This example illustrates the ability to couple thermal, electrical, and structural analysis in one model. This particular application moves a beam by passing a current through it; the current generates heat, and the temperature increase leads to displacement through thermal expansion. The model estimates how much current and increase in temperature are necessary to displace the beam. Although the model involves a rather simple 3D geometry and straightforward physics, it provides a good example of multiphysics modeling.
This example shows how to set up a piezoelectric transducer problem following the work of Y. Kagawa and T. Yamabuchi.
The composite piezoelectric ultrasonic transducer has a cylindrical geometry that consists of a piezoceramic layer, two aluminum layers, and two adhesive layers. The system applies an AC potential on the electrode surfaces of both sides of the piezoceramic layer.
The goal is to compute the admittance for a frequency range around the four lowest eigenfrequencies of the structure.
This is a benchmark model for ultrasonic transducer simulation but also a good starting point for simulations of SAW and BAW filters.
AT cut quartz crystals are widely employed in a range of applications, from oscillators to microbalances. One of the important properties of the AT cut is that the resonant frequency of the crystal is temperature independent to first order. This is desirable in both mass sensing and timing applications. AT cut crystals vibrate in the thickness shear mode—an applied voltage across the faces of the cut produces shear stresses inside the crystal. This example considers the vibration of an AT cut thickness shear oscillator, focusing on the mechanical response of the system in the frequency domain. Setting up a COMSOL model using the various standards set up to define piezoelectric material orientation is covered in detail (note that the details of the standards are covered in a COMSOL blog post). The effect of a series capacitor on the mechanical resonance is also considered. Adding a series capacitance is a technique frequently employed to tune crystal oscillators.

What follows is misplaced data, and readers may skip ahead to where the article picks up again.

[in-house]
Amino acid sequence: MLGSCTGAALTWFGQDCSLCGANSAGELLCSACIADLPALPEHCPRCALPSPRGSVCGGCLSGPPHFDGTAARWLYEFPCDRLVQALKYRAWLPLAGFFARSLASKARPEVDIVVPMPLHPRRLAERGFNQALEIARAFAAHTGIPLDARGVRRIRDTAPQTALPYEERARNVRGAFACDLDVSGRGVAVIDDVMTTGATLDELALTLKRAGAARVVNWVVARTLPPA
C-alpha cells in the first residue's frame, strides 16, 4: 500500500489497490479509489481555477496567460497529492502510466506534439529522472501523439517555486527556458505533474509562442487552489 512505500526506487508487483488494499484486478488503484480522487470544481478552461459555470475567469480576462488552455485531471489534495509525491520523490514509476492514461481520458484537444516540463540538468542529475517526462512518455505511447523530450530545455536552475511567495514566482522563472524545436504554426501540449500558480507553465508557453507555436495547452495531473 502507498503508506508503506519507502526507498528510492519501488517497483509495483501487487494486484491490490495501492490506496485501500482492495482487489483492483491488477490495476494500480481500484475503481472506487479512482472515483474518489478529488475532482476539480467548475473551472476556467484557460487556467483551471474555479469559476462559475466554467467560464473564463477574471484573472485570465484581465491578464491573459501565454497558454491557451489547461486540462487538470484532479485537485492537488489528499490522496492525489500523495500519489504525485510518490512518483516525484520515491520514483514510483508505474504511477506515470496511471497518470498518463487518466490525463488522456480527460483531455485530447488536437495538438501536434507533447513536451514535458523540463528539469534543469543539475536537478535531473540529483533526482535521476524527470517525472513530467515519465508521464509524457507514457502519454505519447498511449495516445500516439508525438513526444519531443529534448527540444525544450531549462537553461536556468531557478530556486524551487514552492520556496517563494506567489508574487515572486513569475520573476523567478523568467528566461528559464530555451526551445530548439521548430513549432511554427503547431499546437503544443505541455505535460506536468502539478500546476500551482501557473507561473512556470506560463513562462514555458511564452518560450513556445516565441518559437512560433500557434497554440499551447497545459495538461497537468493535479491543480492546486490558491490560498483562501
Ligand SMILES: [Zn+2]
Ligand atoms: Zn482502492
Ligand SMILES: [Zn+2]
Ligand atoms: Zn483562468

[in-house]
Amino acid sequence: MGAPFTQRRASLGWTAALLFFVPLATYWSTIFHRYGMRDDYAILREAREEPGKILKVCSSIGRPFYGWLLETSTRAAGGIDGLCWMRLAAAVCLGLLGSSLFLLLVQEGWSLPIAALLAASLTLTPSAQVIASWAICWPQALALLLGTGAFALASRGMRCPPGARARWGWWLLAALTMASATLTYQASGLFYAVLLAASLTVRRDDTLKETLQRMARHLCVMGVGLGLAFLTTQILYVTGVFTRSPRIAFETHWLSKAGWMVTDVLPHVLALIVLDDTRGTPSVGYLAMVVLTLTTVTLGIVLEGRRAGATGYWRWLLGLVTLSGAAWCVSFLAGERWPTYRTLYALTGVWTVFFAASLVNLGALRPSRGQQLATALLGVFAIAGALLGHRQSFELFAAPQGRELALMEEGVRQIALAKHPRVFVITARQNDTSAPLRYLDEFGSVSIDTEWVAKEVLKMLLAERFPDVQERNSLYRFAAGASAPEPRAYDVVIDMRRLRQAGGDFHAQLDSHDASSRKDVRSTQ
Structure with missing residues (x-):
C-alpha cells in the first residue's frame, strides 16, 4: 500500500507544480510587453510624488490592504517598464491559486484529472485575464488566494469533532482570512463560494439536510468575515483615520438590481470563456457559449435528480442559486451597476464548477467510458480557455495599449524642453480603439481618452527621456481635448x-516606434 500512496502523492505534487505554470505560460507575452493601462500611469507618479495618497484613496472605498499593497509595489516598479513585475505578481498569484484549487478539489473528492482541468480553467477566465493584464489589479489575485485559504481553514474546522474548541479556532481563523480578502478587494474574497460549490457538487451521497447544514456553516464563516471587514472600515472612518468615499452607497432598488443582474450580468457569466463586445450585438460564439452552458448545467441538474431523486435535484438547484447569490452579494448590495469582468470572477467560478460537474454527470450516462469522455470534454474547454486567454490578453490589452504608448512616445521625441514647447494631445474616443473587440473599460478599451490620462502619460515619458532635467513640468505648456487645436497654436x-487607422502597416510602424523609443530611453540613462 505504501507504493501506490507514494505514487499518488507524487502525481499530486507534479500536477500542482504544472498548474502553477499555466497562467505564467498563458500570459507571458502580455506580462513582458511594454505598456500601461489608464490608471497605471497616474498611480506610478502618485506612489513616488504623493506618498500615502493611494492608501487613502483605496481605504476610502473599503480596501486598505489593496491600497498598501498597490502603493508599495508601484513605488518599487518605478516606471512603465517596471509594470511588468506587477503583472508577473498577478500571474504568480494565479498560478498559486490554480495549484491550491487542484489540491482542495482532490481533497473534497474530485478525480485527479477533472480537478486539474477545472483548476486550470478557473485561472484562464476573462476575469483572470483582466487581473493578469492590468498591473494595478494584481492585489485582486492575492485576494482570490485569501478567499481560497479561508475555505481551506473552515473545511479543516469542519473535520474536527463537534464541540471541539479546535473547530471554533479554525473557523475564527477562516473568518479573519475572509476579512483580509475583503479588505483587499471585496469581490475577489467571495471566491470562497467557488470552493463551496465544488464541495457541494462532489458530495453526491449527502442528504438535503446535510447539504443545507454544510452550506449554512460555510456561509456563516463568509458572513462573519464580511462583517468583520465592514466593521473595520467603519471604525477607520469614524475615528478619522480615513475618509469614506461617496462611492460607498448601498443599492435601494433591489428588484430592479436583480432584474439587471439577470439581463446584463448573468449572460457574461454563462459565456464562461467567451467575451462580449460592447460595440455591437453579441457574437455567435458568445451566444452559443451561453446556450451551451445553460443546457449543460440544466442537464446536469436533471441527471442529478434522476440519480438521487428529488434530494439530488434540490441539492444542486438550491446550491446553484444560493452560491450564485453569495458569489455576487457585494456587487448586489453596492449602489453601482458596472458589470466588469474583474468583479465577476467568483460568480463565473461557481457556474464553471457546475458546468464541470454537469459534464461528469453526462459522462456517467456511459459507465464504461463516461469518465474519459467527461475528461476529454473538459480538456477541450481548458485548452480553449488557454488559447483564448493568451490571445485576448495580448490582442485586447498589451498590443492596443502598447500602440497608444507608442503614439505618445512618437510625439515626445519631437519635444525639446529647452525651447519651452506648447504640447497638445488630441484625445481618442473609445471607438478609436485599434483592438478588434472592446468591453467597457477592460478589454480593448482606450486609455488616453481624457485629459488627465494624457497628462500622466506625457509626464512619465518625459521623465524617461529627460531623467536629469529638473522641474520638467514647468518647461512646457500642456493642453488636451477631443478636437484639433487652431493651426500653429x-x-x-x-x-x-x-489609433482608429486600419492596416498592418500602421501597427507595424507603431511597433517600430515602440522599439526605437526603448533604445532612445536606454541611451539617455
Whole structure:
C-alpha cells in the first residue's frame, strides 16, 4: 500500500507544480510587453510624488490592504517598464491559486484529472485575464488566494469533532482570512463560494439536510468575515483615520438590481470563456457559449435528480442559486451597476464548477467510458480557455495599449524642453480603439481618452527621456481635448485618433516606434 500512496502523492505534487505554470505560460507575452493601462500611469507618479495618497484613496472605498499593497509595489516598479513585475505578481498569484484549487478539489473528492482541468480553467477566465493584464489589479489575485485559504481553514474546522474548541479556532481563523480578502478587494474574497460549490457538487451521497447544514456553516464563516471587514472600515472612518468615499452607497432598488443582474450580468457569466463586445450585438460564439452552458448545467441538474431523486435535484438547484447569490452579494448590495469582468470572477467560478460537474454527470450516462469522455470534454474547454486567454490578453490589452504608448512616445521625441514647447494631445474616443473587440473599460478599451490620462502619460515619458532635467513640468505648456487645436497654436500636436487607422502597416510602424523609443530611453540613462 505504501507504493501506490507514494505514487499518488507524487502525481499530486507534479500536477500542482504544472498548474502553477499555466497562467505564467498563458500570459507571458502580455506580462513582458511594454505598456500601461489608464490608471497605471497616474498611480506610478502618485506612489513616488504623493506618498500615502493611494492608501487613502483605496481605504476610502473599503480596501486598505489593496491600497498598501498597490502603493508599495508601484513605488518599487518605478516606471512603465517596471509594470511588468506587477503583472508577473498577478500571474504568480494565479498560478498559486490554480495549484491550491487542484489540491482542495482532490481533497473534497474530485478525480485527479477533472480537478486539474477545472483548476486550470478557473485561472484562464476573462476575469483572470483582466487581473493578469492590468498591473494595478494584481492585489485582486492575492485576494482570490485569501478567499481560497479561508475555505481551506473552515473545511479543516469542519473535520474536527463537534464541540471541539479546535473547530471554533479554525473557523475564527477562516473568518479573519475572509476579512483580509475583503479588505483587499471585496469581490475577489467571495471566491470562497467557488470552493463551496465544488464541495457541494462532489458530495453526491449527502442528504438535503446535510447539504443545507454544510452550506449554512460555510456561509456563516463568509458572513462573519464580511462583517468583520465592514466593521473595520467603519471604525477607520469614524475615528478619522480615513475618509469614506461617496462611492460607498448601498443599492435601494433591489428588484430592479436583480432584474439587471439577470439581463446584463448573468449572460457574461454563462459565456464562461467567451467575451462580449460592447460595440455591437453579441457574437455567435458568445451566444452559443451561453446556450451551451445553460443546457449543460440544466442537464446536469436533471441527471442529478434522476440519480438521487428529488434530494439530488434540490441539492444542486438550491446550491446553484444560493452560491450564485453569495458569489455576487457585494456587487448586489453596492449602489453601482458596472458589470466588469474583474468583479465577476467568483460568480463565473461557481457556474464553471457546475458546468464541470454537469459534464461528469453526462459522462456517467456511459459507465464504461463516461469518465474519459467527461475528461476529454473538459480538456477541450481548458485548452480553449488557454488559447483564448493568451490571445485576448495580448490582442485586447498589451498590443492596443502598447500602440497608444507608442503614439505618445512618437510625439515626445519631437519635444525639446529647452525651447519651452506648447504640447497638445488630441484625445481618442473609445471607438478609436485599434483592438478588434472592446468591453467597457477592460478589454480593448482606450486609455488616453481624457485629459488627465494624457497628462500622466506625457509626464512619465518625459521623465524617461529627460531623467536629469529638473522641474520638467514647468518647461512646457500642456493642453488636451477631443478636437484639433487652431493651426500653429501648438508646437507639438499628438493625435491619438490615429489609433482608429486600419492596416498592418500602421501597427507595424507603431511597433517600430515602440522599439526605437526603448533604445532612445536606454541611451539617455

An electrostatically actuated MEMS resonator is simulated in the time and frequency domains. The device is driven by an AC + DC bias voltage applied across a parallel plate capacitor. The dependence of the resonant frequency on DC bias is assessed, and frequency domain and transient analyses are performed to investigate the device performance.
Microresistors allow for quick and accurate actuation or structural movement directly related to the electricity that is applied to them. Microresistors can be used in many applications where small perturbations or deflections are required to be applied to devices, almost instantaneously.
The Microresistor Beam app illustrates the importance of fully coupled, multiphysics simulations. An electric potential is applied across a small resistor and the deformation, temperature, and electric potential within the beam are computed.
This application allows for the geometric dimensions to be varied, along with the material properties, electrical conductivity, and applied voltage. Based on the results, you can design the right microresistor for your device.